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Blue Skies?

Increased Power Carries Increased Burdens

by Sam Kornell

A week after Democrats swept both houses of Congress, Santa
Barbara Representative Lois Capps expressed cautious delight at the
dramatic reversal of fortune for her party. “You’ve seen the
jubilation,” she said, “but at the same time, we know full well
that this is a huge burden that’s been placed on us.” Pointing to
Iraq, immigration, healthcare, and social security, Capps warned
that in the next two years Democrats will face difficult, lasting
problems unlikely to invite politically popular remedies. “We’re
going to have to work through a complex series of hearings and
arrive at compromises with as little partisan overlay as possible,”
she said.

Capps conceded that her call for bipartisan cooperation is
unlikely to resonate with many of her constituents, for whom the
last six years of Republican leadership have represented a
remarkably partisan period in American politics. But she argued
that working with her colleagues across the aisle to forge
negotiated legislation is not only in the best interest of the
American public, but will prove politically expedient for the
Democratic Party. “We’re a closely divided country,” Capps said.
“If we railroad through our own agenda, we risk alienating half of
the country, and we risk having exactly what just happened to the
Republicans happen to us two years from now.”

Asked whether Congressional Republicans — not to mention
President Bush — were ready to meet in the middle, Capps was
circumspect. “That remains to be seen,” she said. “It’s part of the
dance.” Capps, who on Sunday embarked on a nine-day trip to
Afghanistan, Kosovo, and Macedonia as a member of a democracy
assistance commission, said she would be prepared to talk about
specific policy issues as soon as the new Congress goes into
session in January.

Capps’s delight at moving out of the minority party also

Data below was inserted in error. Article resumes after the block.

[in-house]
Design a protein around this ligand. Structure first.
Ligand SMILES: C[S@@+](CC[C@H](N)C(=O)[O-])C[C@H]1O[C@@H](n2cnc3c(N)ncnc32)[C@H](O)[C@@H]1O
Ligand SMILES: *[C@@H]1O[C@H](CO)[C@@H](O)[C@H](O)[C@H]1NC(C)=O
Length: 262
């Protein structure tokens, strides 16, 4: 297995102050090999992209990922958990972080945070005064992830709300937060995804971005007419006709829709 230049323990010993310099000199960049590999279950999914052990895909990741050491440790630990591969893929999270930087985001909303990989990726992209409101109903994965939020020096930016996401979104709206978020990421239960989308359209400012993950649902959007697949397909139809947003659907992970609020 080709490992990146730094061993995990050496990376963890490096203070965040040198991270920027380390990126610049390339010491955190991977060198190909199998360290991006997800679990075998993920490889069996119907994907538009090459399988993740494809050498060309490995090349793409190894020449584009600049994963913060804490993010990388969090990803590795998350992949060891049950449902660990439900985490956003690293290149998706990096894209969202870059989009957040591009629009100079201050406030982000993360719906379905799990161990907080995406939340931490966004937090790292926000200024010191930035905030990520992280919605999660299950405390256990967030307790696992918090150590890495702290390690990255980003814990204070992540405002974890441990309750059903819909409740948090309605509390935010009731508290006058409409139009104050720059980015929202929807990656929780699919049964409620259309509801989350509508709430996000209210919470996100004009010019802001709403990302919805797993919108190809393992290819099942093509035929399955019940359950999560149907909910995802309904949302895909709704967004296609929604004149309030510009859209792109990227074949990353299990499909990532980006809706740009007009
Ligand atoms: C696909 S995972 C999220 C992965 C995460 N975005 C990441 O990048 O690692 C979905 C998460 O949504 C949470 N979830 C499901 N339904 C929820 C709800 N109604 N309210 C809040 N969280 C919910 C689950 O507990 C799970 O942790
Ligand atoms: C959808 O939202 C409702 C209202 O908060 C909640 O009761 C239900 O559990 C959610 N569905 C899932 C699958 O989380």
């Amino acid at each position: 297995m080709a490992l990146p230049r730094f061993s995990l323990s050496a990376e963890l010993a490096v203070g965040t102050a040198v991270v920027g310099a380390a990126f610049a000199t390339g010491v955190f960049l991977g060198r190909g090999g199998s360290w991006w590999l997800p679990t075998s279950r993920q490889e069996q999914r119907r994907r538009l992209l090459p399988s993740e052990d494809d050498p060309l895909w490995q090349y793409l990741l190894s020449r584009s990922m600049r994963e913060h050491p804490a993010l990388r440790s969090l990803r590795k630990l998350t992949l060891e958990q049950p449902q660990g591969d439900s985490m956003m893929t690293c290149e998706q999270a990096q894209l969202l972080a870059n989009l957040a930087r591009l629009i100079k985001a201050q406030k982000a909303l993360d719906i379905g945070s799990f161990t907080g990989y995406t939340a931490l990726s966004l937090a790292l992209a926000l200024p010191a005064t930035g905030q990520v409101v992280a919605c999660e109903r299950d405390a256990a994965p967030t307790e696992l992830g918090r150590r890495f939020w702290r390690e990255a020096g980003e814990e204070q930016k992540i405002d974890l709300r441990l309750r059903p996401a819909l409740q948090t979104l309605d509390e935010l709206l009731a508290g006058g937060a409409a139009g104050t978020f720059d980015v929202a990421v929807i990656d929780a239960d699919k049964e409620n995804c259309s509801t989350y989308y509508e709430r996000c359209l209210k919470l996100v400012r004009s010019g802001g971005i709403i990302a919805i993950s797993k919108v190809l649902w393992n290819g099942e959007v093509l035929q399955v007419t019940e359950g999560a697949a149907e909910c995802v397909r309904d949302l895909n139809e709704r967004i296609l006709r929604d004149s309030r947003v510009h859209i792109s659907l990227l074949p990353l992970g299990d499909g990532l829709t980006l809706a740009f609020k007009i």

extended to her status as a California Democrat. Of the many states
that stood to experience shifts in political influence as a result
of the elections, she pointed out that California had been near the
top of the list. Long marginalized in state battles for federal
funding, California is generally considered irrelevant to
presidential contests (it has voted Democratic for decades) and
tends to invite scorn from Republican politicians who view it as a
bastion of the liberal fringe. In the last election cycle,
conservative political strategists argued that California, as the
seat of the corrupting and corrosive politics of liberal Hollywood
and the even more liberal San Francisco, did not represent the
general values of the American public and did not deserve special
attention and assistance from the federal government.

But with Nancy Pelosi as Speaker of the House and a likely gain
in influence and stature for Senators Dianne Feinstein and Barbara
Boxer, California Democrats’ agenda is poised to go much farther
than it did under Republican leadership. Buttressing their
leadership gains will be the size of the House delegation:
Comprising 34 Democrats, it will represent 15 percent of the
Democratic membership as a whole, as compared to 20 Republicans
representing 10 percent of Republican membership. The net effect of
these developments, Capps said, will be to pave the way for
California to get access to federal dollars earmarked for repairs
in the state’s levee system, savings on the Medicare drug program,
and more sway on such issues as immigration and the
environment.

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